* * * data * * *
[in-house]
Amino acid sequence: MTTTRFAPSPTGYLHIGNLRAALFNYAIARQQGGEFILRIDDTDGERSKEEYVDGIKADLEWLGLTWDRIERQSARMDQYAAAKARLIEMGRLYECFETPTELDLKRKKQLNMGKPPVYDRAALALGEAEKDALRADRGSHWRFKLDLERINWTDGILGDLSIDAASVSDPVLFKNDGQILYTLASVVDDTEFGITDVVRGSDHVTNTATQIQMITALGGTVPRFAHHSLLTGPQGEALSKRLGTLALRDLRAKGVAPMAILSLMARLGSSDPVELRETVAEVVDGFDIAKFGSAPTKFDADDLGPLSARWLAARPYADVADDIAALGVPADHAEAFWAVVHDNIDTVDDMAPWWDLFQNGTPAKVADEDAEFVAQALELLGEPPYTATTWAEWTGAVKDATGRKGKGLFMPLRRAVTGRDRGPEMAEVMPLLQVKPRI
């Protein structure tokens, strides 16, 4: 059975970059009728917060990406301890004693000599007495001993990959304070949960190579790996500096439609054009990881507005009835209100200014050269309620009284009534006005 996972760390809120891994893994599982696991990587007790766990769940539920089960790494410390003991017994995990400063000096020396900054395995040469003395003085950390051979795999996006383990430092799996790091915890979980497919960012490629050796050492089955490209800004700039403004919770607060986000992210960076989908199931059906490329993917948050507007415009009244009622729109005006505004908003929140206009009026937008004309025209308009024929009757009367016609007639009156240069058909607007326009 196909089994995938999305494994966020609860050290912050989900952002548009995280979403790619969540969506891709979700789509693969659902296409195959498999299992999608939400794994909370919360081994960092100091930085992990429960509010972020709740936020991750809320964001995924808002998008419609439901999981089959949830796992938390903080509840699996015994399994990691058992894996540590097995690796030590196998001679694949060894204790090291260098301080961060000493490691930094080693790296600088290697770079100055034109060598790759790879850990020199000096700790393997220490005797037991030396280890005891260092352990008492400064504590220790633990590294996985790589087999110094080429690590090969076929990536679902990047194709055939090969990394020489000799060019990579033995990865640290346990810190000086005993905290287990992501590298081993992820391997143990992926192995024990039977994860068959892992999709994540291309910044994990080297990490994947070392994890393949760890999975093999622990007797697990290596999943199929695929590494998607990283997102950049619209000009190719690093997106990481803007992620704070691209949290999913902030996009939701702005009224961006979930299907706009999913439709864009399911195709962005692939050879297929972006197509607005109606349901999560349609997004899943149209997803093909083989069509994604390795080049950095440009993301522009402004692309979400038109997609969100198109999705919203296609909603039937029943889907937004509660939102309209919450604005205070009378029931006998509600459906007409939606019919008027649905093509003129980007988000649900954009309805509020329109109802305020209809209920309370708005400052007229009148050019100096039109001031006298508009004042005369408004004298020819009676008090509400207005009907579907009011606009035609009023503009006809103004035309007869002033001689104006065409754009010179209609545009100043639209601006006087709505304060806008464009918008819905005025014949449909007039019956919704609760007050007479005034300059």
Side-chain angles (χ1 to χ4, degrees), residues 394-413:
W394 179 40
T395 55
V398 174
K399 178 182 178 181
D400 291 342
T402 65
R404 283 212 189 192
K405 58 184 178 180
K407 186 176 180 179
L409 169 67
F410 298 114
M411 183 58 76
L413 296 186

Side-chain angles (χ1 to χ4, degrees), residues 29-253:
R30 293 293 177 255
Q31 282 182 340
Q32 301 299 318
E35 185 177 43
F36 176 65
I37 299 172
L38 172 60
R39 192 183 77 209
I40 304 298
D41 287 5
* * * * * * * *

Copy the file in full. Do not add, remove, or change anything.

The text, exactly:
[in-house]
Amino acid sequence: MTTTRFAPSPTGYLHIGNLRAALFNYAIARQQGGEFILRIDDTDGERSKEEYVDGIKADLEWLGLTWDRIERQSARMDQYAAAKARLIEMGRLYECFETPTELDLKRKKQLNMGKPPVYDRAALALGEAEKDALRADRGSHWRFKLDLERINWTDGILGDLSIDAASVSDPVLFKNDGQILYTLASVVDDTEFGITDVVRGSDHVTNTATQIQMITALGGTVPRFAHHSLLTGPQGEALSKRLGTLALRDLRAKGVAPMAILSLMARLGSSDPVELRETVAEVVDGFDIAKFGSAPTKFDADDLGPLSARWLAARPYADVADDIAALGVPADHAEAFWAVVHDNIDTVDDMAPWWDLFQNGTPAKVADEDAEFVAQALELLGEPPYTATTWAEWTGAVKDATGRKGKGLFMPLRRAVTGRDRGPEMAEVMPLLQVKPRI
């Protein structure tokens, strides 16, 4: 059975970059009728917060990406301890004693000599007495001993990959304070949960190579790996500096439609054009990881507005009835209100200014050269309620009284009534006005 996972760390809120891994893994599982696991990587007790766990769940539920089960790494410390003991017994995990400063000096020396900054395995040469003395003085950390051979795999996006383990430092799996790091915890979980497919960012490629050796050492089955490209800004700039403004919770607060986000992210960076989908199931059906490329993917948050507007415009009244009622729109005006505004908003929140206009009026937008004309025209308009024929009757009367016609007639009156240069058909607007326009 196909089994995938999305494994966020609860050290912050989900952002548009995280979403790619969540969506891709979700789509693969659902296409195959498999299992999608939400794994909370919360081994960092100091930085992990429960509010972020709740936020991750809320964001995924808002998008419609439901999981089959949830796992938390903080509840699996015994399994990691058992894996540590097995690796030590196998001679694949060894204790090291260098301080961060000493490691930094080693790296600088290697770079100055034109060598790759790879850990020199000096700790393997220490005797037991030396280890005891260092352990008492400064504590220790633990590294996985790589087999110094080429690590090969076929990536679902990047194709055939090969990394020489000799060019990579033995990865640290346990810190000086005993905290287990992501590298081993992820391997143990992926192995024990039977994860068959892992999709994540291309910044994990080297990490994947070392994890393949760890999975093999622990007797697990290596999943199929695929590494998607990283997102950049619209000009190719690093997106990481803007992620704070691209949290999913902030996009939701702005009224961006979930299907706009999913439709864009399911195709962005692939050879297929972006197509607005109606349901999560349609997004899943149209997803093909083989069509994604390795080049950095440009993301522009402004692309979400038109997609969100198109999705919203296609909603039937029943889907937004509660939102309209919450604005205070009378029931006998509600459906007409939606019919008027649905093509003129980007988000649900954009309805509020329109109802305020209809209920309370708005400052007229009148050019100096039109001031006298508009004042005369408004004298020819009676008090509400207005009907579907009011606009035609009023503009006809103004035309007869002033001689104006065409754009010179209609545009100043639209601006006087709505304060806008464009918008819905005025014949449909007039019956919704609760007050007479005034300059």
Side-chain angles (χ1 to χ4, degrees), residues 394-413:
W394 179 40
T395 55
V398 174
K399 178 182 178 181
D400 291 342
T402 65
R404 283 212 189 192
K405 58 184 178 180
K407 186 176 180 179
L409 169 67
F410 298 114
M411 183 58 76
L413 296 186

Side-chain angles (χ1 to χ4, degrees), residues 29-253:
R30 293 293 177 255
Q31 282 182 340
Q32 301 299 318
E35 185 177 43
F36 176 65
I37 299 172
L38 172 60
R39 192 183 77 209
I40 304 298
D41 287 5